September 15, 2009

Globalism vs. Americanism

By Patrick J. Buchanan

Down at the Chinese outlet store in Albany known as Wal-Mart, Chinese tires have so successfully undercut U.S.-made tires that the Cooper Tire factory in that south Georgia town had to shut down.

Twenty-one hundred Georgians lost their jobs.

The tale of Cooper Tire and what it portends is told in last week's Washington Post by Peter Whoriskey.

How could tires made on the other side of the world, then shipped to Albany, be sold for less than tires made in Albany?

Here's how.

At Cooper Tire, the wages were $18 to $21 per hour. In China, they are a fraction of that. The Albany factory is subject to U.S. health-and-safety, wage-and-hour and civil rights laws from which Chinese plants are exempt. Environmental standards had to be met at Cooper Tire or the plant would have been closed. Chinese factories are notorious polluters.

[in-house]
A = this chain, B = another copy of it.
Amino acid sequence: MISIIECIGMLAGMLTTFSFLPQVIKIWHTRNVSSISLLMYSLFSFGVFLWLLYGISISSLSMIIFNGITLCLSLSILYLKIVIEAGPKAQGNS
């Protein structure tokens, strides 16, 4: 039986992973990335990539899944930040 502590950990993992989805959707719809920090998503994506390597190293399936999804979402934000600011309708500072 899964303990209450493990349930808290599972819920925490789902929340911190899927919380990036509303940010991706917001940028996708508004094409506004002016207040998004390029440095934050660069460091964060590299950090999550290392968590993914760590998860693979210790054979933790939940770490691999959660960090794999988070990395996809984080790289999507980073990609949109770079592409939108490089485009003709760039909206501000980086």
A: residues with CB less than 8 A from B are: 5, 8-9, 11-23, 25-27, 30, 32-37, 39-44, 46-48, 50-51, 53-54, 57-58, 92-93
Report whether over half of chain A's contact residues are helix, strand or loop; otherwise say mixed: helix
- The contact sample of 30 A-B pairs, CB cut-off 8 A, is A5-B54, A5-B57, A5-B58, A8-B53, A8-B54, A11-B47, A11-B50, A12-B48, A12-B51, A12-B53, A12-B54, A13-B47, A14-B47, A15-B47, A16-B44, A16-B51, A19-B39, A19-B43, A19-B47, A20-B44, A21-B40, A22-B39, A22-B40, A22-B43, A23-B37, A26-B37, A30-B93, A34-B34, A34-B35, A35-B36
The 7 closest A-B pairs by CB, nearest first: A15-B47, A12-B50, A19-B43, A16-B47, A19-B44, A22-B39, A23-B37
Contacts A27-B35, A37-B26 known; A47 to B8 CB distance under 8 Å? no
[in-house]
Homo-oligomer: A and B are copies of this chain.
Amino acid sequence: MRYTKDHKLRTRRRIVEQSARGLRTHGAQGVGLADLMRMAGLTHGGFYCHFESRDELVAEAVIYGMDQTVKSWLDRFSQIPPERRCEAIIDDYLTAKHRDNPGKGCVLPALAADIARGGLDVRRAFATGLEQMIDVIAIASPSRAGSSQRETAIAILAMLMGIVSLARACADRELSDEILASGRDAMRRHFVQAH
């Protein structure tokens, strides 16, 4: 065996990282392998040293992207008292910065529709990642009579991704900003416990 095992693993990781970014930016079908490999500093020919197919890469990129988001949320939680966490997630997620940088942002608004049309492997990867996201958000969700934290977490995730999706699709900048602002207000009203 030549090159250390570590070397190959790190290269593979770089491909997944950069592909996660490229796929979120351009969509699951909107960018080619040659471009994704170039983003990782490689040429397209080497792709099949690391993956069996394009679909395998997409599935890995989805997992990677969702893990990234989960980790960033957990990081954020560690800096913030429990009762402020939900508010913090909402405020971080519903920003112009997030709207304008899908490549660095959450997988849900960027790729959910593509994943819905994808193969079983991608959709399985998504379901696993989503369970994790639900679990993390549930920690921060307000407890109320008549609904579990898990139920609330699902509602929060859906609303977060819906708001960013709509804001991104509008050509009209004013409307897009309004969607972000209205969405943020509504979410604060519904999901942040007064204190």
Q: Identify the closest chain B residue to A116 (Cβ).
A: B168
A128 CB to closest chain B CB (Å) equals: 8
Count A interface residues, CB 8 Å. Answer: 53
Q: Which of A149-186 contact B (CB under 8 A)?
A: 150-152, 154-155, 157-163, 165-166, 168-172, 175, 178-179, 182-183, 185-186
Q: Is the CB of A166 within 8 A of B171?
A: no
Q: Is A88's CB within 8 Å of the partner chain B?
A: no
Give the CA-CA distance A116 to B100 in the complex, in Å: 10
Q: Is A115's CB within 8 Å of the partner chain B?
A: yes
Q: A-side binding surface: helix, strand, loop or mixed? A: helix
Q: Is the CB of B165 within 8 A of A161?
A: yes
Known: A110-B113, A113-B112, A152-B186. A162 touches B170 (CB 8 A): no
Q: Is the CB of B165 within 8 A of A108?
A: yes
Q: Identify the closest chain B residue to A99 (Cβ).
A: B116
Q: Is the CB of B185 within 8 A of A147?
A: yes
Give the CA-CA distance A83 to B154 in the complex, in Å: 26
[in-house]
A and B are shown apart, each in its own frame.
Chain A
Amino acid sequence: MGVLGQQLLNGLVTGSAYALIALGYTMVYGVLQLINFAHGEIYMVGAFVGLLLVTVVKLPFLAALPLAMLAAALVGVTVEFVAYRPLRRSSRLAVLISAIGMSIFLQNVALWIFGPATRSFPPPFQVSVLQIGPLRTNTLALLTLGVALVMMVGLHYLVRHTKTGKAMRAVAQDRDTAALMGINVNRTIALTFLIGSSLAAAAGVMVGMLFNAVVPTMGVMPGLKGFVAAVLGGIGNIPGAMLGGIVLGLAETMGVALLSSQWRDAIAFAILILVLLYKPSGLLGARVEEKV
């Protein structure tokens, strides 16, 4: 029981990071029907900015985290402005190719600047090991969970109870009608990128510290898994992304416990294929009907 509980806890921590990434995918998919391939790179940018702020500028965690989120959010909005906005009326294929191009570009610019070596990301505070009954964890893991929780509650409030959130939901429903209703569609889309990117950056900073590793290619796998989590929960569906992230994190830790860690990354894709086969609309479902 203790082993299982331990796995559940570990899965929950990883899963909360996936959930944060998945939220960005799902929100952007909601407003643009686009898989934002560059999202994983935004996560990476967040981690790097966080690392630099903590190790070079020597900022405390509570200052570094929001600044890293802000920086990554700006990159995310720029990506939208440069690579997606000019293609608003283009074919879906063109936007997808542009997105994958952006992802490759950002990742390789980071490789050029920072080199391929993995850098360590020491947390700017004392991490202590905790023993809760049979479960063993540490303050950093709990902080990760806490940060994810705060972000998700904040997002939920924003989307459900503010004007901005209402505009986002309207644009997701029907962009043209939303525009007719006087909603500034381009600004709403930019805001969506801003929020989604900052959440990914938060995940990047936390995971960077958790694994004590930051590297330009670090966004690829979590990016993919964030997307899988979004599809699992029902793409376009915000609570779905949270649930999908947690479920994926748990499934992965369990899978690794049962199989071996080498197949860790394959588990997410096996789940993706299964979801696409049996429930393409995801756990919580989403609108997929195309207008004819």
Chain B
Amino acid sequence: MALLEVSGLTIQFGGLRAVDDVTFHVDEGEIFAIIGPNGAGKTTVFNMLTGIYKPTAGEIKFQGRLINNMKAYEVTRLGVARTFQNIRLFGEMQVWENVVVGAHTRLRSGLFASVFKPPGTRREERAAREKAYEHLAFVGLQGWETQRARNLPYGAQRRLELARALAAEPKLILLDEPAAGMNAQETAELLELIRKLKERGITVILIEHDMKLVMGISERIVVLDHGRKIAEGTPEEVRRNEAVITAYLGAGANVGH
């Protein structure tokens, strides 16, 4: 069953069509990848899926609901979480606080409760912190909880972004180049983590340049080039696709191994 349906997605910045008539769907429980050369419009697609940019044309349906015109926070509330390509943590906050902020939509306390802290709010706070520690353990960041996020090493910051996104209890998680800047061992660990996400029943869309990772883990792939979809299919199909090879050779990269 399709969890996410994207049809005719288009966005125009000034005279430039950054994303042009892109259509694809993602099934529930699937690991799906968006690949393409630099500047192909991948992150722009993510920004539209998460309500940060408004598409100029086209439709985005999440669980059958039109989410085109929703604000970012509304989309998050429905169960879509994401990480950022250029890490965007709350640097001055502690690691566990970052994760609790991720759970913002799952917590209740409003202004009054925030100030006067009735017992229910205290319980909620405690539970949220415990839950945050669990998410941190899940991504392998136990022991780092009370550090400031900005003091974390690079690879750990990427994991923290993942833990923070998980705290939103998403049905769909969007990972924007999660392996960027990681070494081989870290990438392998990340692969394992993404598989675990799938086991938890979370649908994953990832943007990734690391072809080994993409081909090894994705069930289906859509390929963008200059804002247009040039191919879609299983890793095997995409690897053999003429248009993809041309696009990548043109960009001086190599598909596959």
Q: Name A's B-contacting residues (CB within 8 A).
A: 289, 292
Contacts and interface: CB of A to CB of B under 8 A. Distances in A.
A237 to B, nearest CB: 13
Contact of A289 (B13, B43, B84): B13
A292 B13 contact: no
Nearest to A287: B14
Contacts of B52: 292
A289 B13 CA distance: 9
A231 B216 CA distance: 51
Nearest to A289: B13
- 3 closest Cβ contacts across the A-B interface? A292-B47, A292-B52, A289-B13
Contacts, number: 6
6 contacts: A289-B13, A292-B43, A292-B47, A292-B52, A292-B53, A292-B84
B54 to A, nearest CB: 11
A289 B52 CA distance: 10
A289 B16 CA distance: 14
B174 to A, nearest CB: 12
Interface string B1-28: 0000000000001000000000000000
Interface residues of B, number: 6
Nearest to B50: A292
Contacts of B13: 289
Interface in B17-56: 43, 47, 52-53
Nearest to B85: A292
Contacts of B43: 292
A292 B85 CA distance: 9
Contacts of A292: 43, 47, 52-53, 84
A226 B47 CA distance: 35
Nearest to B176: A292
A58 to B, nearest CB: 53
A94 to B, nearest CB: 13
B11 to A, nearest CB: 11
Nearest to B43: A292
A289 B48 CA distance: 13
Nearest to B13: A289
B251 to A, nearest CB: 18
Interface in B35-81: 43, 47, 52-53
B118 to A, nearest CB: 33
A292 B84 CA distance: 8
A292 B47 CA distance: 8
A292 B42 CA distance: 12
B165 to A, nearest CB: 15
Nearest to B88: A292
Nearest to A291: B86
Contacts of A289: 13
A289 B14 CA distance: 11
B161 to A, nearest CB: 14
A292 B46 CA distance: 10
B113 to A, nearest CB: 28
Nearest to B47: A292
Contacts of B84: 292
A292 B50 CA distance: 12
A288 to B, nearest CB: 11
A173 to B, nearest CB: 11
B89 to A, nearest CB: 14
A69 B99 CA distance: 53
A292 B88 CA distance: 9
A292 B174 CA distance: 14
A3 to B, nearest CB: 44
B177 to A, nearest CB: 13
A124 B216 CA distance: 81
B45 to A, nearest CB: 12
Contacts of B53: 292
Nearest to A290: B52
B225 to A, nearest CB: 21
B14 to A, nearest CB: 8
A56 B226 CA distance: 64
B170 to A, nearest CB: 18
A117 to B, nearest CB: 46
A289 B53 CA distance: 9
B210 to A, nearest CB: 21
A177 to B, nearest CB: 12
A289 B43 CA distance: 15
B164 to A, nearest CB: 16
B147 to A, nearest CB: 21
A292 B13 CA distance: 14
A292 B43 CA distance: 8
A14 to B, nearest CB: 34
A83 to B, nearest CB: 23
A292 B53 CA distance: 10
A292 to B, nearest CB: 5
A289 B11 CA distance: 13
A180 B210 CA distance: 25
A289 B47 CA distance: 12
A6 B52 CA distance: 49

China won the competition because the 14th Amendment's "equal protection of the laws" does not apply to the People's Republic. While free trade laws grant China free and equal access to the U.S. market, China can pay workers wages and force them to work hours that would violate U.S. law, and China can operate plants whose health, safety and environmental standards would have their U.S. competitors shut down as public nuisances.

Beijing also manipulates its currency to keep export prices low and grants a rebate on its value-added tax on exports to the U.S.A., while imposing a value-added tax on goods coming from the U.S.A.